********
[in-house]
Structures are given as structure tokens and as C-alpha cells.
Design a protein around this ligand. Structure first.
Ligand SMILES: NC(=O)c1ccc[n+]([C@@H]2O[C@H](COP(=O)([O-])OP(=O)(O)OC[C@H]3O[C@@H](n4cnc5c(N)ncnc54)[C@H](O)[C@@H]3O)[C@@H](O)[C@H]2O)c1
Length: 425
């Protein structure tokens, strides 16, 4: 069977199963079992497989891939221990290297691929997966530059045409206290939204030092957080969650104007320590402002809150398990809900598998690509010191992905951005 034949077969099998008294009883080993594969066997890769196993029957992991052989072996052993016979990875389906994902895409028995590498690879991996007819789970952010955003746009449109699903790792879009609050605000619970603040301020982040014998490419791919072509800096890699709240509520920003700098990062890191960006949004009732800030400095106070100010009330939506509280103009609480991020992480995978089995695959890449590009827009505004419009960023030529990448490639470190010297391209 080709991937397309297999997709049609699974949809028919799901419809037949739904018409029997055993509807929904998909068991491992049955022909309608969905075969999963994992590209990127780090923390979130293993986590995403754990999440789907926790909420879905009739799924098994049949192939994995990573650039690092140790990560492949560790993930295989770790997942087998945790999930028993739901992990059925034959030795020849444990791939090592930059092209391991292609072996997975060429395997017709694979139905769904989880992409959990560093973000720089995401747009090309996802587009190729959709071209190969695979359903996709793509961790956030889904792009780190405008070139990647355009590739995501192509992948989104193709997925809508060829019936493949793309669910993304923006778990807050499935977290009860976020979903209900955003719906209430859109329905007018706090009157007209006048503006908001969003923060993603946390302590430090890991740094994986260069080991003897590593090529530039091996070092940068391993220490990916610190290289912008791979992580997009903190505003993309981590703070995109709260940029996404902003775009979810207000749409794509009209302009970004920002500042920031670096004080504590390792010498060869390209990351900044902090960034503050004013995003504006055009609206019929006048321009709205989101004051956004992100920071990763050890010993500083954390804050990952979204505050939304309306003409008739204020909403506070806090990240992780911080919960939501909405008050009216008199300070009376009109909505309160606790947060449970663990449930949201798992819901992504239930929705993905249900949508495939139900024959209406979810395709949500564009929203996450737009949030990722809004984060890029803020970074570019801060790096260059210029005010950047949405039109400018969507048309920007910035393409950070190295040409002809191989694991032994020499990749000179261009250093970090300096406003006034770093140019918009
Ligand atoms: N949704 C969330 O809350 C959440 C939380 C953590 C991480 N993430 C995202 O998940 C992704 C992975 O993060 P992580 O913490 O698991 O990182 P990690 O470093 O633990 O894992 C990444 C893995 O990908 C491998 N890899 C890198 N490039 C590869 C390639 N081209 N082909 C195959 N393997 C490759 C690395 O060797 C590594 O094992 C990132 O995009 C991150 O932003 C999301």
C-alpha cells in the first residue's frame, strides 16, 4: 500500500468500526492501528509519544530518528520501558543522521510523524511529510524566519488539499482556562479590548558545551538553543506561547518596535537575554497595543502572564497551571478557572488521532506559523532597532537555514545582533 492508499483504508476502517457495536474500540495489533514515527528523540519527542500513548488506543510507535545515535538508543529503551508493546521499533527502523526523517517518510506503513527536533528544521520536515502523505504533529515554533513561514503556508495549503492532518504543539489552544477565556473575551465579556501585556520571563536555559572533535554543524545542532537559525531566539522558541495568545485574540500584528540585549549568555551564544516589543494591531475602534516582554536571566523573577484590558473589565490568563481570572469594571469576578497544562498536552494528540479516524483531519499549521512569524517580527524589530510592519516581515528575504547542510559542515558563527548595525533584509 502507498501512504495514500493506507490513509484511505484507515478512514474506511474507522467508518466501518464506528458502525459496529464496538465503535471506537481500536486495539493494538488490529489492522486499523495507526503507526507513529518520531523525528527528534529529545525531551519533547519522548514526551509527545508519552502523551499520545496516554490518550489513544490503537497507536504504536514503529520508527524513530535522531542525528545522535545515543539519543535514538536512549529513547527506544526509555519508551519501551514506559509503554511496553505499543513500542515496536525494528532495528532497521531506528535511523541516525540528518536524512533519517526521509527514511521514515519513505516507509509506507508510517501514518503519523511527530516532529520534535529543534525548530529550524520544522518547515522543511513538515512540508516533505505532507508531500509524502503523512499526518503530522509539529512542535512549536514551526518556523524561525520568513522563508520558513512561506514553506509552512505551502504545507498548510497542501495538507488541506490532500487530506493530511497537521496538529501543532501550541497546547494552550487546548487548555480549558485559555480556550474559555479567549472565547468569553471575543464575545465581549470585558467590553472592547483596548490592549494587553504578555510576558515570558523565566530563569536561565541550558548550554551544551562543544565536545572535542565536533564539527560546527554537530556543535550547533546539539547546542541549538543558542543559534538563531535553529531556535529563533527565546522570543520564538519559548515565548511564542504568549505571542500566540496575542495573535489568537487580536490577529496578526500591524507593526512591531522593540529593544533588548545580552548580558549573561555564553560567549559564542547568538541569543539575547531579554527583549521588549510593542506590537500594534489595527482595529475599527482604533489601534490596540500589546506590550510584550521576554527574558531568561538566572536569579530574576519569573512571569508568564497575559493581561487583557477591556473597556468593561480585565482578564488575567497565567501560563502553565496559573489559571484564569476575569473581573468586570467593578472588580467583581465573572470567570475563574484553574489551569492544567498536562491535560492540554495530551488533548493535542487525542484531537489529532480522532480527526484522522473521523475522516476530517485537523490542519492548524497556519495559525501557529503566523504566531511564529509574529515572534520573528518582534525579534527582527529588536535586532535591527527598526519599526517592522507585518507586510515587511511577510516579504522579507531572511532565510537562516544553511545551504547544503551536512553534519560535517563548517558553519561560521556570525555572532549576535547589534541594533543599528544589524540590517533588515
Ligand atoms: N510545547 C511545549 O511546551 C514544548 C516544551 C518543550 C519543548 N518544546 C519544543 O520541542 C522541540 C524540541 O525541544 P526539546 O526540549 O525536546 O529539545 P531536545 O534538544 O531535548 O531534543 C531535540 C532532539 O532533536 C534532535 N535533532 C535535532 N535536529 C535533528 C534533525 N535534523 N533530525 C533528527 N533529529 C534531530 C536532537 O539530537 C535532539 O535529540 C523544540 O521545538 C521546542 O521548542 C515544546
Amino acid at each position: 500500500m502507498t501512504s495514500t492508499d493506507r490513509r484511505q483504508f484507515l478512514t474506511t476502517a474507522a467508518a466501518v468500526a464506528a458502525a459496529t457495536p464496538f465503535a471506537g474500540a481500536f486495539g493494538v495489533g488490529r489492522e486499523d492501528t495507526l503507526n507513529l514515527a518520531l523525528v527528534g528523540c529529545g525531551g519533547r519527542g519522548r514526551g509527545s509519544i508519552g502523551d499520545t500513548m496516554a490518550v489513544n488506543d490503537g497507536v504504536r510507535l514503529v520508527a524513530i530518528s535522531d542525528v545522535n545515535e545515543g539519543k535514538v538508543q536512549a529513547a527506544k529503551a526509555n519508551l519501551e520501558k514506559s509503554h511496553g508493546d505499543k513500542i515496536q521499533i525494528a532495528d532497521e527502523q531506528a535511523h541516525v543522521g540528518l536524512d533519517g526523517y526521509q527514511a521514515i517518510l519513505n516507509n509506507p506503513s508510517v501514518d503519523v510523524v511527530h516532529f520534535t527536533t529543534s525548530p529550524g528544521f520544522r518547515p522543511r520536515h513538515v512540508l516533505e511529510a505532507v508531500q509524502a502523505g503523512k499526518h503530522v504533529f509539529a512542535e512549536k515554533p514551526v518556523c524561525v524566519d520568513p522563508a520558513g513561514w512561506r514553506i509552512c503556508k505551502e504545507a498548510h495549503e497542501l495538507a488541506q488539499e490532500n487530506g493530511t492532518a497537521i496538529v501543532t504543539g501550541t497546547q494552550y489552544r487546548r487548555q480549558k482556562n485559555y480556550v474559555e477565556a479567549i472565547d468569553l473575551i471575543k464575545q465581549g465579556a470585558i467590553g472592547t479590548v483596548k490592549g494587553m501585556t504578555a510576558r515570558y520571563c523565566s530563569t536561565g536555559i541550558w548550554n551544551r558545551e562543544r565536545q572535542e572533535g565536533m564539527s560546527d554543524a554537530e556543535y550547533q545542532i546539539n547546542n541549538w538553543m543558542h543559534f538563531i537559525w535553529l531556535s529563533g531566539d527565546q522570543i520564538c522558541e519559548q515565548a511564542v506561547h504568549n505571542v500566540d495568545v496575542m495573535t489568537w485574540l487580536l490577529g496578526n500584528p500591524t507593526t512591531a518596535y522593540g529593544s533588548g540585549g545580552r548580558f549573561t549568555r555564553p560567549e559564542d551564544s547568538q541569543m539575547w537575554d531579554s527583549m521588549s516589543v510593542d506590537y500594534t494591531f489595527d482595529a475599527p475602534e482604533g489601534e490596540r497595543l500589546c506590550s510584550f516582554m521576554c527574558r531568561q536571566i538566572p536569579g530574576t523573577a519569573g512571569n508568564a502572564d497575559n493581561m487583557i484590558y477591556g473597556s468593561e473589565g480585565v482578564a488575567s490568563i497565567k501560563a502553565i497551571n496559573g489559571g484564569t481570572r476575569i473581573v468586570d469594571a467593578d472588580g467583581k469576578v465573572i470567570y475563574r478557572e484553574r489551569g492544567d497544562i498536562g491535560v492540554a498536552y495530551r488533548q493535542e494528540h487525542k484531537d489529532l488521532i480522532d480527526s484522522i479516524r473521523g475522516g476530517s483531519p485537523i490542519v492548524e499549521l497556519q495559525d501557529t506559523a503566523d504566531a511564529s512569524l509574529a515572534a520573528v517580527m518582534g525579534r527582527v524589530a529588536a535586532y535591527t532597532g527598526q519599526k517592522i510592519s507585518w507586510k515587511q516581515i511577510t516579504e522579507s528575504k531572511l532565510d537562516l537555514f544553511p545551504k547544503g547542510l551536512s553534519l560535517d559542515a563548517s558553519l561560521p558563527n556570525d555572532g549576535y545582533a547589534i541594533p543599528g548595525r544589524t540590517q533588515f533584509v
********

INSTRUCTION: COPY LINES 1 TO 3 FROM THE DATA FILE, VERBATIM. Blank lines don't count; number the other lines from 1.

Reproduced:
[in-house]
Structures are given as structure tokens and as C-alpha cells.
Design a protein around this ligand. Structure first.